Everybody laughed at me when I said I was going to Spain for a quiet holiday.
The hotels were half empty and there was hardly anyone in the pool. We don’t have to deal with taxis.
We don’t have to worry about money.
Look we’ve found this Chiringuito with a three-course menu for the price of a bad takeaway in England.
The waiter seems not to be concentrating on his job. He hasn’t seen them.
He is not used to hurrying. It is better that way.
He came over to apologize for not seeing them. I am tired.
The Spanish have only just finished eating their lunch and the English are starting to come out for dinner.
What wine would you like? I prefer water to wine, grazie.
That’s Italian darling. In Spain, they say gracias.
You remind me of someone on the television, Rodney Trotter.
You’re right about that. I’m not sure I was meant to be multilingual.
You are not angry with me, are you?
No, I’m not keen on fried food. I think I will go for the salad as a starter.
They have given me the menu in German. I am a touch out of practice with German.
That was a nice meal.
All is well that ends well.
Prepositional verbs are also known as verbs + preposition. They are very different to phrasal verbs.
Why are they different?
A prepositional verb has a grammatical preposition. This means that the preposition is there to introduce the direct object and is not there to alter the meaning of the main verb. In addition, prepositional verbs are inseparable.
You can not say: What do you excel?
You need the preposition to understand the sentence.
What do you excel at?
What did you apologise for?
and so on.
So they are inseparable.
Finally, it is essential to learn the combinations. The combinations stem from common usage. There aren’t any clear rules that govern the use of prepositional verbs.
In some cases, a verb can work with several prepositions, one, two or three different prepositions and have the same meaning.
You can talk/speak about something
You can talk/speak of something
The meaning is the similar.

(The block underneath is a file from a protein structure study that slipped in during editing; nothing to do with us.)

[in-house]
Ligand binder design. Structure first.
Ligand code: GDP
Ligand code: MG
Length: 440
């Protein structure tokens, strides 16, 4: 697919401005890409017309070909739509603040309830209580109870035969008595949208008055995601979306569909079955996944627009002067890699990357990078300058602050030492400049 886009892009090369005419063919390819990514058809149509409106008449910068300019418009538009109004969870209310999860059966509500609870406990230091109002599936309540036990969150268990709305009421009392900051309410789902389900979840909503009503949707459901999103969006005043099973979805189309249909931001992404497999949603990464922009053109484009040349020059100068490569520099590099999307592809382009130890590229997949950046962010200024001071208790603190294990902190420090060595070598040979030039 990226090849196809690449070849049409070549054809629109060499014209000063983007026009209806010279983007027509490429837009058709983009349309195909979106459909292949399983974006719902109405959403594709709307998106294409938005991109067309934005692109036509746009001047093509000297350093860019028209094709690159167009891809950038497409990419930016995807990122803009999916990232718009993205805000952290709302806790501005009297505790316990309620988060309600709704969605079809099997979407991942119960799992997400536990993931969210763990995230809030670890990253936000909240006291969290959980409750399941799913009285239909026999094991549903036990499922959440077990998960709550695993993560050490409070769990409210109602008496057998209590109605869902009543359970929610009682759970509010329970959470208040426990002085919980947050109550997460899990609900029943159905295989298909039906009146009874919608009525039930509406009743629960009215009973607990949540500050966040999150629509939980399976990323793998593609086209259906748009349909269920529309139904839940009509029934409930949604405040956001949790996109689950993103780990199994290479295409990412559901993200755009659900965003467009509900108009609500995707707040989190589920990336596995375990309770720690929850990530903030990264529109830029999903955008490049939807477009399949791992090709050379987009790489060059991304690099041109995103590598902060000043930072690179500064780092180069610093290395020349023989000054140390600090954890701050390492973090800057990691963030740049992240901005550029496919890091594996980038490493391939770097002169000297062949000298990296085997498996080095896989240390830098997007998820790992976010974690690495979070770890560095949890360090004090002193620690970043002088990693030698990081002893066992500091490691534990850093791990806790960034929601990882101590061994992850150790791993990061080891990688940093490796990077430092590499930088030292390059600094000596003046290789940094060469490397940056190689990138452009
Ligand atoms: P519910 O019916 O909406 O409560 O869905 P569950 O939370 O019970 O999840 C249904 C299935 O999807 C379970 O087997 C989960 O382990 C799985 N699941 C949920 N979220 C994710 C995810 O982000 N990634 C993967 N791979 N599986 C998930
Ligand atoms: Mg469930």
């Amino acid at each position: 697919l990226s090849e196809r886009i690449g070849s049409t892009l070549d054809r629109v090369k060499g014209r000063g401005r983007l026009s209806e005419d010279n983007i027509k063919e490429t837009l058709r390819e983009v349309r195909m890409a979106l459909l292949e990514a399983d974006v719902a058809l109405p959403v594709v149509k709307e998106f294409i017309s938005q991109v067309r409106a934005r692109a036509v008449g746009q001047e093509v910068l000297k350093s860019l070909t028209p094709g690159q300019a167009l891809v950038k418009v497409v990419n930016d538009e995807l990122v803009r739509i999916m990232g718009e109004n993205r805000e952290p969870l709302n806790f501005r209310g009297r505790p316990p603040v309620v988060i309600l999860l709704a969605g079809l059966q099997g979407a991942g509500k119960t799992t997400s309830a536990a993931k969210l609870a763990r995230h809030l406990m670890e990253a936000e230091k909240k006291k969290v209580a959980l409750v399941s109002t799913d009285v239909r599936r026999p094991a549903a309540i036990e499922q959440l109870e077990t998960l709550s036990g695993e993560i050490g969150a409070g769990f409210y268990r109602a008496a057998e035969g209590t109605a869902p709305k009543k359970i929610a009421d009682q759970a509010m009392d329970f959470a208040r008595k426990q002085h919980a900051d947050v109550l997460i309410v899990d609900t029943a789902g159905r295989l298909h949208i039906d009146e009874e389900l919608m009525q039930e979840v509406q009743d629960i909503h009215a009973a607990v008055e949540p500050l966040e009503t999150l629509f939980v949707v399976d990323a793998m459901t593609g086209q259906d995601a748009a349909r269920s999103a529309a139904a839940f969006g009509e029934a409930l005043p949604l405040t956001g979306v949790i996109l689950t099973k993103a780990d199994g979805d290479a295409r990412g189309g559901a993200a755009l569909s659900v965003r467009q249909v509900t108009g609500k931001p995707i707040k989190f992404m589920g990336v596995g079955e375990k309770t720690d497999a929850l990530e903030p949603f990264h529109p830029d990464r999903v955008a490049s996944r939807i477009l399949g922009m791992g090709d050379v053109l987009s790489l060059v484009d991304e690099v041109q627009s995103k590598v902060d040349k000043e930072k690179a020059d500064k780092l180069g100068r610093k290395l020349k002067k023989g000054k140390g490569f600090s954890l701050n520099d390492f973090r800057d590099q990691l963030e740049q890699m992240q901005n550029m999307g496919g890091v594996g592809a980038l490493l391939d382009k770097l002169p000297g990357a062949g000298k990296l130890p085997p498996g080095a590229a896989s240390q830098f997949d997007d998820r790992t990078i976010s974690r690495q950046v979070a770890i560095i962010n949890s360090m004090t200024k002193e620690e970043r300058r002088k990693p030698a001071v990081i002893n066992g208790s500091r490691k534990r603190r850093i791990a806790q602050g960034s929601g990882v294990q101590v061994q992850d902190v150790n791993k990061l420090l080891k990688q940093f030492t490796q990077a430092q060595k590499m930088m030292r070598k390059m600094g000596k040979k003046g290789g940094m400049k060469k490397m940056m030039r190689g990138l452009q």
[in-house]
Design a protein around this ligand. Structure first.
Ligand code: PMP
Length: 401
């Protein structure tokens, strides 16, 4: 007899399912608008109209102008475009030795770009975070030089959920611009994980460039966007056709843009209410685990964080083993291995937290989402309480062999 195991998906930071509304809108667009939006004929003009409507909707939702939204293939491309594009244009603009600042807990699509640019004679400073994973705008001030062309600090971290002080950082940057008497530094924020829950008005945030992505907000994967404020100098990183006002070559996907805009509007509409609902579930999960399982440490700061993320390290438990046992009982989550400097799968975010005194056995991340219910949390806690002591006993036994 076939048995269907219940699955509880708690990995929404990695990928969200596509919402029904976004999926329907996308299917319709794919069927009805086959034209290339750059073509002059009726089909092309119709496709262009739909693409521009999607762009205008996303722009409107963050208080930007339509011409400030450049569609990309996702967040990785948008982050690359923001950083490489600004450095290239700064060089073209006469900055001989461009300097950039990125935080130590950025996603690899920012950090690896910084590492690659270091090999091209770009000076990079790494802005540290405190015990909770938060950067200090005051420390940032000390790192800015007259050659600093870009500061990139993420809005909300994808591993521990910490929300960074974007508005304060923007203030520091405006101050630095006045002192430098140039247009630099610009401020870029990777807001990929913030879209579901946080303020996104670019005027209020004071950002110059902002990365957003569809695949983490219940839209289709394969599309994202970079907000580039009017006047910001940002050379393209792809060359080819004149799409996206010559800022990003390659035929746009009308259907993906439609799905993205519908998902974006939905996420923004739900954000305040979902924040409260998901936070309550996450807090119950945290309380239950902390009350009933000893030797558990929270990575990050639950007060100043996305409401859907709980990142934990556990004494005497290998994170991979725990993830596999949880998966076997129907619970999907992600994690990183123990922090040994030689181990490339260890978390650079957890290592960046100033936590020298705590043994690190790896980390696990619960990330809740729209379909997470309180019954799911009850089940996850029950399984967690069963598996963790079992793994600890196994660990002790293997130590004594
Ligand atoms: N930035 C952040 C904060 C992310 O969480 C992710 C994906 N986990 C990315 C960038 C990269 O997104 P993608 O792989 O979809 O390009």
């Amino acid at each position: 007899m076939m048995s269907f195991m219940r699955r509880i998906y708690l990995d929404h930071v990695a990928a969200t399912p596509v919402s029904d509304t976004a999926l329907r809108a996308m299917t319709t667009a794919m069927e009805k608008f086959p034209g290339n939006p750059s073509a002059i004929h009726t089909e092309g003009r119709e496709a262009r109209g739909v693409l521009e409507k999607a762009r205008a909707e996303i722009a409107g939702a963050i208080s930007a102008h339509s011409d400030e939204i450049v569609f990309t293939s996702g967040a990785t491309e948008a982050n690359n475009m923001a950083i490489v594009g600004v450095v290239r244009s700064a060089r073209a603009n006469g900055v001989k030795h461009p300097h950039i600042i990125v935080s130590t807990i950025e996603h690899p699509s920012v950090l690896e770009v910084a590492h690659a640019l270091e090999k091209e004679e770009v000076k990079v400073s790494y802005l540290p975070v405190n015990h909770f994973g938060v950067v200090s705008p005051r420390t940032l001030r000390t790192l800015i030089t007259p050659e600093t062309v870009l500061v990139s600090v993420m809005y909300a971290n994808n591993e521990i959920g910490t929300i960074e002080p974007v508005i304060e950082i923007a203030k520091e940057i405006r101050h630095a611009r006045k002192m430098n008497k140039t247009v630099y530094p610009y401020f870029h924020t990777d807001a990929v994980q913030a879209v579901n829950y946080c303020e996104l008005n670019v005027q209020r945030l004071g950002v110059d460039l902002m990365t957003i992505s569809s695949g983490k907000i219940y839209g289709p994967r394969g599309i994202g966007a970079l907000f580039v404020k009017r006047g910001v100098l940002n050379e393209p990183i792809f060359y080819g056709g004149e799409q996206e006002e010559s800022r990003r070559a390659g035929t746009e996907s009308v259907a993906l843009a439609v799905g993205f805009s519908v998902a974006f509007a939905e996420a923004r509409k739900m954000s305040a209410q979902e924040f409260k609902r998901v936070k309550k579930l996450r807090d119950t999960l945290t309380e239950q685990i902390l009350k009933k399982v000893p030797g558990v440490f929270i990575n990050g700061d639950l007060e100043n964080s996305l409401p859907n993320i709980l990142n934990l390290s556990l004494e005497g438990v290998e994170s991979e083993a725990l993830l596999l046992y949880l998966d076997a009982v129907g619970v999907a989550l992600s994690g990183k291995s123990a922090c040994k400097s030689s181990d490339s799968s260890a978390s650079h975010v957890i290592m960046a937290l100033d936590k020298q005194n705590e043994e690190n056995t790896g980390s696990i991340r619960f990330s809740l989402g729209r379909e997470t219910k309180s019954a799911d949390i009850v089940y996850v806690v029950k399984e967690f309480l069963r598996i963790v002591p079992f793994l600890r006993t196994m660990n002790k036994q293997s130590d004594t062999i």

The meaning is really identical in fact and others like FIGHT can be followed by different prepositions and give a completely different meaning to the sentence.
They fight against abuse.
We are therefore in a negative context
They fight against something
They fight for freedom.
This is a positive context
Then we have this verb here: “arrive”
which is also quite peculiar
“arrive at” or “arrive in”
Never “arrives TO”*
I travel to…
I walk to…
However, ARRIVE can not be followed by TO
when we’re talking about location
or changing location
you say: to arrive at the airport.
to arrive in London
Otherwise, I highlighted some tricky words here mainly because of its spelling this is commonly misspelled word.
to separate > it’s not an -E, it’s an -A
We can say:
“You trust someone ∅”
But “trust someone with”
When you introduce an object you must use a preposition and and object
Here I’ve circled “OBJECT” because it is said “to Object” (accented on the last syllable)
and not “To OBject”* (accented on the first syllable)
“OBject” (accented on the first syllable) is a name
and “To ObJECT” (accented on the last syllable) is a verb.
These are also common mistakes
“TO DEPEND” works only “ON”
“It depends ON the weather”
“What are you listening TO?”
“I Listened TO a radio program”
or “TV show”
Not “LISTEN SOMETHING” *
Do not forget that they are inseparable and that they need prepositions.
Do the English eat later than the Spanish?
No, it is the other way round.
Do you like fried food?
Not very much as it is not very good for you.
What time of year do daffodils start to come out?
In early spring.
Was the restaurant full of people?
No, there was hardly anyone.
Do you worry about money?
Yes, I think most people do, to a degree.
Do you like wine?
It depends and only then, in moderation.
Does he remind you of someone?
Yes, he looks like George Clowney.
Were you meant to be here?
No, I was supposed to be in the next room.
Did you say you were angry?
No, I said I was hungry.
I don’t like to hurry my food, do you?
No, it gives me indigestion.
Now test time, how would you pronounce these words?